January 8, 2009

Whitehouse Shares Stories of Rhode Islanders Affected by Our Broken Health Care System

MR. WHITEHOUSE: Today Senator Daschle has come before the as come before the HELP Committee for his confirmation hearing as our Secretary-designate of Health and Human services. I know that all of our colleagues and friends in the Senate found it moving and wonderful to see the distinguished chairman of that committee, Senator Kennedy, back in his chair, leading that hearing. We are all delighted to see him back at work here in the Senate and we are delighted to see Senator Daschle back with us in the Senate in this exciting new capacity.

We know that every American deserves health care he or she can afford. Senator Daschle knows that to do that we need basic, systemic reform that will improve the way health care is delivered in this country. Senator Daschle has already brought forward ideas like the creation of a federal health board, that have contributed enormously to the health care reform debate, and I hope very much he will pursue those ideas further at HHS. His nomination and President-elect Obama’s creation of a new White House Office of Health Care Reform emphasizes their serious commitment to solving this bedeviling problem. Senator Daschle will bring distinguished, thoughtful leadership to the crisis in our nation’s health care system.

Health care reform is the signal challenge facing our families, our economy, and our government. And I wanted to take a few minutes today to speak about this great challenge and the urgent need for action. We all know the system is broken. The evidence lies all around us in my state of Rhode Island and across the country. When a lost job is frightening, not just because it means lost income, but because it means lost health care, our health care system is broken. When sudden illness strikes and insurance won’t cover the costs, our health care system is broken. When families have to wait to see a doctor until it’s too late ‘cause they have no health insurance to pay for the visit, our health care system is broken.

We see the evidence of the broken system in the staggering cost of health care in this country. The United States spends 16% of our GDP on health care. That’s about twice what our major industrialized competitor nations spend. The annual cost of the system exceeds $2 trillion, and it’s expected soon to double. Family health emergencies have been the most common cause of personal bankruptcy, and businesses large and small struggle under the weight of ever-increasing health insurance costs. There’s more health care than steel in Ford’s cars, and more health care than coffee in Starbucks’ coffee. And yet for all of that money, what do we get? We still leave 46 million Americans uninsured. 46 million wrenching stories of health care foregone, of personal misfortune, even lives lost. And that doesn’t even include the experiences of our nation’s underinsured, or small business owners struggling to provide health insurance, or the many Americans who just receive poor-quality health care.

President-elect Obama is committed to reforming this broken system and he’s taken swift action to engage the American people in a national conversation about what’s wrong and what we can do to fix it. Last month he and Secretary-designate Daschle asked people to hold meetings in their communities to discuss health care reform and to share their ideas. In the end, there is no better way to understand the deep failures of our health care system and the very real pain, frustration, anxiety, and anger that it causes than to talk to the people who’ve experienced it firsthand.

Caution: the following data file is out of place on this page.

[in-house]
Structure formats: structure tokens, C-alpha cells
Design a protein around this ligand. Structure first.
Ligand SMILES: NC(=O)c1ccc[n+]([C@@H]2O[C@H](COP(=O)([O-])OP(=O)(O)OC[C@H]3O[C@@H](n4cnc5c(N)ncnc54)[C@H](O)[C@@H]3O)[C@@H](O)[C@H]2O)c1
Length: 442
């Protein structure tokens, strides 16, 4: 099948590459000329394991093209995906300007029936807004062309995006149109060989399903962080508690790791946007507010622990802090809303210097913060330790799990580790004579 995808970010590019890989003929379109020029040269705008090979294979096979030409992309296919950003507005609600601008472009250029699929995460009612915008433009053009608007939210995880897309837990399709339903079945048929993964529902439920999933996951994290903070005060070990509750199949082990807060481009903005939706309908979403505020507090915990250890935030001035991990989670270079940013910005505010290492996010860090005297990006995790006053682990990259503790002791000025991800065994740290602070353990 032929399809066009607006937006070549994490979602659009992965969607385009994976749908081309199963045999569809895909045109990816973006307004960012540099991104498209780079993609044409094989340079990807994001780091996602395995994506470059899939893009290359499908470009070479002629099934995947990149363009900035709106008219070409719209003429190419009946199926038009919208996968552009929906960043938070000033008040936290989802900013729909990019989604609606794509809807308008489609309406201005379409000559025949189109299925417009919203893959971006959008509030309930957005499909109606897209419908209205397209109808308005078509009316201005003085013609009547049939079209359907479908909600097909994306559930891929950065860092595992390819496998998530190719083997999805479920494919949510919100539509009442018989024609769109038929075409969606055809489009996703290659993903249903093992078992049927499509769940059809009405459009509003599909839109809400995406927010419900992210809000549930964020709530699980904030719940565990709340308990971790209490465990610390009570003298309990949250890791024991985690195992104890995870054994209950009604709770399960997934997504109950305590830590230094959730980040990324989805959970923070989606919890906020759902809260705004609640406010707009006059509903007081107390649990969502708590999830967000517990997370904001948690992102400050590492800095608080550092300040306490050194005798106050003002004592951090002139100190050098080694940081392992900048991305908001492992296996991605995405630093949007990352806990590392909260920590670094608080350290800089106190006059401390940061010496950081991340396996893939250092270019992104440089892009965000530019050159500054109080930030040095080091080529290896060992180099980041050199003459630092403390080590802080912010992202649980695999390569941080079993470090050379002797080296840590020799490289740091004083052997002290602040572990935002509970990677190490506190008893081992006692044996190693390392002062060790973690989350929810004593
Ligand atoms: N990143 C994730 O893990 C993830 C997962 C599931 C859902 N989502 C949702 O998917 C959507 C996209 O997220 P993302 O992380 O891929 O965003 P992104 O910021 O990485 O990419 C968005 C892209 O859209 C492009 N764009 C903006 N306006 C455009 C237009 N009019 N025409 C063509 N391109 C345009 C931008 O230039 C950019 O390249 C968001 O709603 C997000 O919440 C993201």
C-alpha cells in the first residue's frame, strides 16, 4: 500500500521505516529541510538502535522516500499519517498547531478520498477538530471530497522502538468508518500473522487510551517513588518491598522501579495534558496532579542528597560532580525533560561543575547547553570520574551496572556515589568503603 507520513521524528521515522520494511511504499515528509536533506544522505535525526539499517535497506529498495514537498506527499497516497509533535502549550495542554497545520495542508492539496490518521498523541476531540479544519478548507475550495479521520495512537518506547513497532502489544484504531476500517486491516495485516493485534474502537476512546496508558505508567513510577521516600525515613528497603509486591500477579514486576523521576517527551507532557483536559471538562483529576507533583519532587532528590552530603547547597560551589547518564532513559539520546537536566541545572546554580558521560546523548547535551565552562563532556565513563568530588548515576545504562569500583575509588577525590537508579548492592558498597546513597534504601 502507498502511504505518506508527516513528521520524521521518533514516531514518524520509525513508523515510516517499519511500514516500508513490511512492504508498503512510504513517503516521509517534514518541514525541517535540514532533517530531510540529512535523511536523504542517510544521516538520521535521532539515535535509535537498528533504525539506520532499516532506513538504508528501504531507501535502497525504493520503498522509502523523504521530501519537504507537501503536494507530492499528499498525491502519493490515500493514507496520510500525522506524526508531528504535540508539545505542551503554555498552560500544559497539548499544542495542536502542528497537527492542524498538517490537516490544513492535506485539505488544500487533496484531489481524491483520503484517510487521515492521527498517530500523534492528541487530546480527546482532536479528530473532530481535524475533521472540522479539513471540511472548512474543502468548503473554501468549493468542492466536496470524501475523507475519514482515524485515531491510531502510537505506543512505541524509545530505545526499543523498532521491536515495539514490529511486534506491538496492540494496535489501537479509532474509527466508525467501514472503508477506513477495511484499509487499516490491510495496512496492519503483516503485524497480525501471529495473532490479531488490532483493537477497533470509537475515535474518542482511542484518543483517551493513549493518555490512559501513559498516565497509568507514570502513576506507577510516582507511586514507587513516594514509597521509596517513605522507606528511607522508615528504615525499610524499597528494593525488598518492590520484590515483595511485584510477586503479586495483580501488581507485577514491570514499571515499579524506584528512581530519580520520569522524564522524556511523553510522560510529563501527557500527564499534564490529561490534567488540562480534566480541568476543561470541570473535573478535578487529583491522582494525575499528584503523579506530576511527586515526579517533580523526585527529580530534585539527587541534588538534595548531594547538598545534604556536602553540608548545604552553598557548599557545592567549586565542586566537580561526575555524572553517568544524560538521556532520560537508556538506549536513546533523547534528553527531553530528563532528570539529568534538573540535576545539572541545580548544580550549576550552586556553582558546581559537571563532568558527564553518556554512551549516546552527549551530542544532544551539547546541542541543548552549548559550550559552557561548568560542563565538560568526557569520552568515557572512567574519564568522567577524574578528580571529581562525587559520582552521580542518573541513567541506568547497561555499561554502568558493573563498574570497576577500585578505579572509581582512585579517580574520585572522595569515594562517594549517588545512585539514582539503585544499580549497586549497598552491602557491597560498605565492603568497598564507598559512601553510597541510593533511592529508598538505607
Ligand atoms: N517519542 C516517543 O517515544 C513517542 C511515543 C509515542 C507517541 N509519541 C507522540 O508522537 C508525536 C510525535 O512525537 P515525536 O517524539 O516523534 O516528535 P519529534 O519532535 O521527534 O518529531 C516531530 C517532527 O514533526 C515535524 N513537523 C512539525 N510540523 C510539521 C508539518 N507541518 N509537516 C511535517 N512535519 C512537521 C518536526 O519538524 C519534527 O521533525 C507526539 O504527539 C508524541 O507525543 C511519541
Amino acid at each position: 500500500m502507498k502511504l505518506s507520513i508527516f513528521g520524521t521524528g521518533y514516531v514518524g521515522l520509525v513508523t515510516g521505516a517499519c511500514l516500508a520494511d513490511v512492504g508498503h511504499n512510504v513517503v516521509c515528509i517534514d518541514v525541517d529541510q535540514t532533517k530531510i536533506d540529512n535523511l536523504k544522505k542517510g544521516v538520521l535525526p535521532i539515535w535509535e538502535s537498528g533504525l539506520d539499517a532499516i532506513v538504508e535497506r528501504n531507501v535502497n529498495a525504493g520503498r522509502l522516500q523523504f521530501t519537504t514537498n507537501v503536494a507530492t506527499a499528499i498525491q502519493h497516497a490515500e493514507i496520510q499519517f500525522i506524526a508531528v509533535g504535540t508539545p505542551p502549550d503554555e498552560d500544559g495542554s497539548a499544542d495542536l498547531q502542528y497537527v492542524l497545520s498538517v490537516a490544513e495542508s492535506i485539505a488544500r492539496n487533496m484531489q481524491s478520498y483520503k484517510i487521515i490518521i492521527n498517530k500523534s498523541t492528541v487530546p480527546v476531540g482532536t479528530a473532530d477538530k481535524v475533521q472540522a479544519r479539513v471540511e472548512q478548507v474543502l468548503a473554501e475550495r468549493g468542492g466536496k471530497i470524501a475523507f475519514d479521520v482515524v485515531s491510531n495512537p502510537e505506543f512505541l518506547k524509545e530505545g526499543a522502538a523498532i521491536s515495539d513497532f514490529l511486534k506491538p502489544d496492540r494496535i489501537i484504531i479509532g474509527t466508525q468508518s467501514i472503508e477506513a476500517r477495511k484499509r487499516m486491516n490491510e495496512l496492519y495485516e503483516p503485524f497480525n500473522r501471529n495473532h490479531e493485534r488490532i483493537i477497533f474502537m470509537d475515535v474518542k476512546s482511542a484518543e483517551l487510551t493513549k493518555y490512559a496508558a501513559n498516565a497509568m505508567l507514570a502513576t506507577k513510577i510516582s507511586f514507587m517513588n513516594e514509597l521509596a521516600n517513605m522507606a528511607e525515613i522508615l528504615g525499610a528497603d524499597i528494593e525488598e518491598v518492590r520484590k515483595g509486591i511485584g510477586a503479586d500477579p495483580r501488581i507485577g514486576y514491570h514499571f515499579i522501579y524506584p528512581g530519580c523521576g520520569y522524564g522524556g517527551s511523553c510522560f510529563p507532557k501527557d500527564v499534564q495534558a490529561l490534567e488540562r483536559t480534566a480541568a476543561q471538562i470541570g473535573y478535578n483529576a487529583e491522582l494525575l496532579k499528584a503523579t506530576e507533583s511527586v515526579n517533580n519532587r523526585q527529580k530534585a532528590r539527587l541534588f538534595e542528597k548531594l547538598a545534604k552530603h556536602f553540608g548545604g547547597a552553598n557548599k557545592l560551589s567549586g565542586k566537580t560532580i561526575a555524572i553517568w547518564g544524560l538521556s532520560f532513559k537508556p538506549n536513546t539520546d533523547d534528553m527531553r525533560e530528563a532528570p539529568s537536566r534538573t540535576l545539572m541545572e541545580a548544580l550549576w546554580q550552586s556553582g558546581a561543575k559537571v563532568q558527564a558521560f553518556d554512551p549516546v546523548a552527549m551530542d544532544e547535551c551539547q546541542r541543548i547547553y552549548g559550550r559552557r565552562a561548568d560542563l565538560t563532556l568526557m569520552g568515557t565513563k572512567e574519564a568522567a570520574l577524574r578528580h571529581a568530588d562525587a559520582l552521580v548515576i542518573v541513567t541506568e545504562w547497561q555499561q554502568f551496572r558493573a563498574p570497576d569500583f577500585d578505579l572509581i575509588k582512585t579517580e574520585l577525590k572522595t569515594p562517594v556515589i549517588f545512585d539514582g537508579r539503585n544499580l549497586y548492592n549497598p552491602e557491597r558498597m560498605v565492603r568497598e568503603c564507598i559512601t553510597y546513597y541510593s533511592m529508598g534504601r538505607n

Over the past few years, in community dinners that I have around our state, in my office, as I travel around, many, many Rhode Islanders have reached out to me to share their stories and to urge that we work urgently to repair this broken system. Madam President, I’d like to take a moment and share a few of those stories.

A mother in Narragansett, Rhode Island, shared a story about her 20-year-old son who suffers from severe bipolar disorder and relies on therapy and expensive medications to remain a valued and productive member of his community. He’s too old to be covered under her family health insurance plan and his preexisting condition makes buying insurance on the individual market impossible, prohibitively expensive. So what did they do?

This mother and her family came up with a surprising solution. They enrolled her son at the Community College of Rhode Island so that he could participate in the student health insurance plan. He takes the absolute minimum course load in order to continue to work, but he remains a student because it is less expensive to pay for college tuition than it is to pay for individual health insurance. Any parent with a child in college knows what a burden this Rhode Island family is bearing to ensure that their son gets the basic treatment he needs to stay healthy.

I also heard from the proud owner of a small bookkeeping and tax preparation business in Warwick, Rhode Island. She has worked tirelessly to raise five sons, go back to college, and finally she’s become her own boss. And yet, despite all of her effort and all of her success, she wrote me to plead for reform. She wrote this: “I spend over 50% of my income just to have health insurance for my husband and myself. The premiums are over $1,000 per month, even with very high deductibles. My employees need health insurance also, but I am unable to provide them with any benefits because of the poor economic conditions.” Her employees are like family to her, like in so many small businesses. And it breaks her heart that they’re uninsured. Yet she says that she simply will not be able to keep her doors open if she tried to contribute toward their benefits.